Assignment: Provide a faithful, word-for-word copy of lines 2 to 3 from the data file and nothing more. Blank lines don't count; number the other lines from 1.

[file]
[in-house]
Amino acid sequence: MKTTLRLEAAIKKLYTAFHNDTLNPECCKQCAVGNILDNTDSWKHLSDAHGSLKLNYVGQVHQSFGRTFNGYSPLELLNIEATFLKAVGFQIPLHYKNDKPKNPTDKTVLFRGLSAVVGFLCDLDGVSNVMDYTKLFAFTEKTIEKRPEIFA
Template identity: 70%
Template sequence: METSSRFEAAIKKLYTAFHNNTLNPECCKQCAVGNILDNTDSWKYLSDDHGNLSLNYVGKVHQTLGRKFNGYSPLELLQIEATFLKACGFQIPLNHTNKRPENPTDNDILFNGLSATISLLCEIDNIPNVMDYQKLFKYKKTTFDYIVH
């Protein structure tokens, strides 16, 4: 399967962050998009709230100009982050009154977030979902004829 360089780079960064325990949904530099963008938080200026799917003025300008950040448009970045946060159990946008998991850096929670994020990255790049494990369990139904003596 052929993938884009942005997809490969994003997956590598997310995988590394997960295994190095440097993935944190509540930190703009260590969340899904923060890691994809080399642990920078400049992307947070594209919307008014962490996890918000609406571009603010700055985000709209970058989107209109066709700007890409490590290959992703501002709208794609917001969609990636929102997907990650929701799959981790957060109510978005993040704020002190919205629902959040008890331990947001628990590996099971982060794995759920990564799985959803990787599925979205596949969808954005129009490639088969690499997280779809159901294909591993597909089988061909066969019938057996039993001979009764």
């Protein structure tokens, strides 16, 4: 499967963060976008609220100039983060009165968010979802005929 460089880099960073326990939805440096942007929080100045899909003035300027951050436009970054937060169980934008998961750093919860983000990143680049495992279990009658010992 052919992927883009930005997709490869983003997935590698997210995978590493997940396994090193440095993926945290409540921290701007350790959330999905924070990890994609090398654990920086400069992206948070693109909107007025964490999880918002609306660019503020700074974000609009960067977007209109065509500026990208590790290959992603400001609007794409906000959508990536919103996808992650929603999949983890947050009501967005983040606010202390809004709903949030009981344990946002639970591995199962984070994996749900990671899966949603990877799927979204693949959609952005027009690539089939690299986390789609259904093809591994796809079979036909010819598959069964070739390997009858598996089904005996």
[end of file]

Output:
Amino acid sequence: MKTTLRLEAAIKKLYTAFHNDTLNPECCKQCAVGNILDNTDSWKHLSDAHGSLKLNYVGQVHQSFGRTFNGYSPLELLNIEATFLKAVGFQIPLHYKNDKPKNPTDKTVLFRGLSAVVGFLCDLDGVSNVMDYTKLFAFTEKTIEKRPEIFA
Template identity: 70%